that [petitioner] actually asked the DHO to review specific evidence ...” the Court may
justifiably decide that the petitioner has failed to provide an adequate evidentiary
foundation upon which to conclude that his right to present evidence in his defense was
disregarded. Cf. Tigert v. Higgins, 290 F. App’x. 93, 100 (10th Cir. 2008); see also
Whitmore v. Parker, 484 F. App’x 227, 237 (10th Cir. 2012). The record in this case
squarely contradicts LaBarge’s contention that he requested this evidence, and there is
no basis to suppose that the source of that record, the UDC Counselor and the DHO,
falsified or fabricated that record. Based on the foregoing analysis, the Court concludes
that LaBarge’s due process rights were fully observed, and his habeas petition fails to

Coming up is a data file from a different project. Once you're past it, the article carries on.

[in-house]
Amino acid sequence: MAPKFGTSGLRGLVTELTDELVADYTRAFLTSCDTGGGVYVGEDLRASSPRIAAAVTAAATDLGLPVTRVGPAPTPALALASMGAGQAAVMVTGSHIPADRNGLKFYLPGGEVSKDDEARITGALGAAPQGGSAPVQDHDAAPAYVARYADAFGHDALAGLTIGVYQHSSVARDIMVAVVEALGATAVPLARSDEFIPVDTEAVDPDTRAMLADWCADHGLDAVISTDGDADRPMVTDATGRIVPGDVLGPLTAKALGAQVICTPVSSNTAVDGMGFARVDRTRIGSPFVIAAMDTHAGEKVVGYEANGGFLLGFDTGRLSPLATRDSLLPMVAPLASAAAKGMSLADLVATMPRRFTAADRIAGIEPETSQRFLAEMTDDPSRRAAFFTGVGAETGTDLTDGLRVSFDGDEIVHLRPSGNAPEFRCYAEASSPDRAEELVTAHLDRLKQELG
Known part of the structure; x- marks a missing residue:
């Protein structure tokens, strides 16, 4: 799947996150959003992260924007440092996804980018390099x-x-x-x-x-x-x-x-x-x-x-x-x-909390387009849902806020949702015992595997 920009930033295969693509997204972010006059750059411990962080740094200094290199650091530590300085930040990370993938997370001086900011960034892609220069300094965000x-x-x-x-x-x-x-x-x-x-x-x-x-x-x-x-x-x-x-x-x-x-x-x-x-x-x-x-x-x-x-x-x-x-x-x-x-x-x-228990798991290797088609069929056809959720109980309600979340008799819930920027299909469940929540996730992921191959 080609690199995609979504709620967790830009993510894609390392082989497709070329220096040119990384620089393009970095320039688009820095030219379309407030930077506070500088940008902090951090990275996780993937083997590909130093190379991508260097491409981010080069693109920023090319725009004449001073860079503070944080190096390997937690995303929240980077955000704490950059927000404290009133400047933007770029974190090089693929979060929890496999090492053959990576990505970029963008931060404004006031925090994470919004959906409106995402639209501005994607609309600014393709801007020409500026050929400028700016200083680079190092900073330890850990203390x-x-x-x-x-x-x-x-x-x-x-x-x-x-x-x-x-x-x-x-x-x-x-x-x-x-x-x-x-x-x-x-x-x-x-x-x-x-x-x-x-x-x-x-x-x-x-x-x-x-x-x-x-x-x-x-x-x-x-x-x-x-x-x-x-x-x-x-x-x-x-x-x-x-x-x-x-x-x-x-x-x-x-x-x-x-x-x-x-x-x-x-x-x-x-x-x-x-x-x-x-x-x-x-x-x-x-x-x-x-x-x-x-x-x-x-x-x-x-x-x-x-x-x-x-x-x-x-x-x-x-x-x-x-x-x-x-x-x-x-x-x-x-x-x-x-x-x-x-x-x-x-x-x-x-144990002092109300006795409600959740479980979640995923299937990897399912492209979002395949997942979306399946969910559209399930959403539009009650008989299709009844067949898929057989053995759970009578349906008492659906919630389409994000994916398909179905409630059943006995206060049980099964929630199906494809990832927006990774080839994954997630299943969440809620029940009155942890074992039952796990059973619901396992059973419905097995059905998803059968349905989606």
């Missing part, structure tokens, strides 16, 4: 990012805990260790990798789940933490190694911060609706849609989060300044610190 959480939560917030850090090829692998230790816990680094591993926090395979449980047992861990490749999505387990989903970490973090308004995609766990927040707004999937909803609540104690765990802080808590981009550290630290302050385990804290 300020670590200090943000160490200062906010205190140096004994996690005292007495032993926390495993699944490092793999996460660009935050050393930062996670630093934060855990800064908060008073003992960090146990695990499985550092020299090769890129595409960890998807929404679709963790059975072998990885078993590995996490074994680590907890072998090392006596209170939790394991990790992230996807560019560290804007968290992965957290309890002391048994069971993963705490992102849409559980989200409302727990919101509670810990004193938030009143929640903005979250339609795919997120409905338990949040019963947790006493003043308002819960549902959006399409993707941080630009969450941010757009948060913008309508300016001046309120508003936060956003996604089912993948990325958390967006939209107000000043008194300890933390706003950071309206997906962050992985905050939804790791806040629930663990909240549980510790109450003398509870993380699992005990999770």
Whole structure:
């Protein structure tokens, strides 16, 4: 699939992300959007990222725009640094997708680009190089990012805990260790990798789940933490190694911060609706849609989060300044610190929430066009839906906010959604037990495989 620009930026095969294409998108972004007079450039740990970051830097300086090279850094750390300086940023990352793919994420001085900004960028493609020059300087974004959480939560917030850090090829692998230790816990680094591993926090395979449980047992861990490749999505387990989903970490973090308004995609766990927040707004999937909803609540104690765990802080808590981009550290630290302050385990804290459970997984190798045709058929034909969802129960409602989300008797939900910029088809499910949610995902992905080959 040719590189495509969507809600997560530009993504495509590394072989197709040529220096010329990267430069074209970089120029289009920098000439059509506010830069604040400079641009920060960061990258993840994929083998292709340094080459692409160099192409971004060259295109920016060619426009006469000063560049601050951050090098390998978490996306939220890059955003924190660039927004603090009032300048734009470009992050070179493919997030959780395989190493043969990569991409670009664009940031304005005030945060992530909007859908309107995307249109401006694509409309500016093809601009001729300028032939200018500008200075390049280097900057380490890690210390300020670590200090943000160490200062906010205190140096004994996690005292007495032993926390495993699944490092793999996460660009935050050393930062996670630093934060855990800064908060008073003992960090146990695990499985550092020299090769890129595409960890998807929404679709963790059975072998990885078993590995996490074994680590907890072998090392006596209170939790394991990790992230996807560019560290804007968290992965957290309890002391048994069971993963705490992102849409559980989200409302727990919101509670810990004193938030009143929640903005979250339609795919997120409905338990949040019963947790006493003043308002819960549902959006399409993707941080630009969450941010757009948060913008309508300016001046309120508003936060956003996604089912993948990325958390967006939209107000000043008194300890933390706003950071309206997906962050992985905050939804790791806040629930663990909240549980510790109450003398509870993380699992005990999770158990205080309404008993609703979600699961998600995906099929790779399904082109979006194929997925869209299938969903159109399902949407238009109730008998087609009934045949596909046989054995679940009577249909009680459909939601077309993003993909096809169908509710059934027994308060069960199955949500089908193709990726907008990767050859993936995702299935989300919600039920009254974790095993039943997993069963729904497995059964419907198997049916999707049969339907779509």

establish grounds for relief.
Finally, the Court notes that LaBarge’s subjective belief that placing him in the
cell was unsafe or improper provides no defense to his disciplinary conviction, as such
assignments are matters to be determined by officials who run the prison, not the
inmates confined within it. Tigert at 101 (citing United States v. Price, 444 F.2d 248,
250 (10th Cir. 1971) (where prisoner did not deny physically resisting a correctional
officer’s order but “insist[ed] that the order was unjust and thus unlawful,” the court
held that the prisoner’s defense was “patently untenable” because “[j]ust or unjust” the
order was made and “the remedy to test justification of an order ... lies within the
administrative processes at the institution and not in the prisoner’s subjective choice to
physically resist.”). Accordingly, it is hereby
ORDERED as follows:
LaBarge’s petition for a writ of habeas corpus [Record No. 1] is
A corresponding Judgment will be entered this date.
This matter is DISMISSED and STRICKEN from the docket.
This 5th day of September, 2017.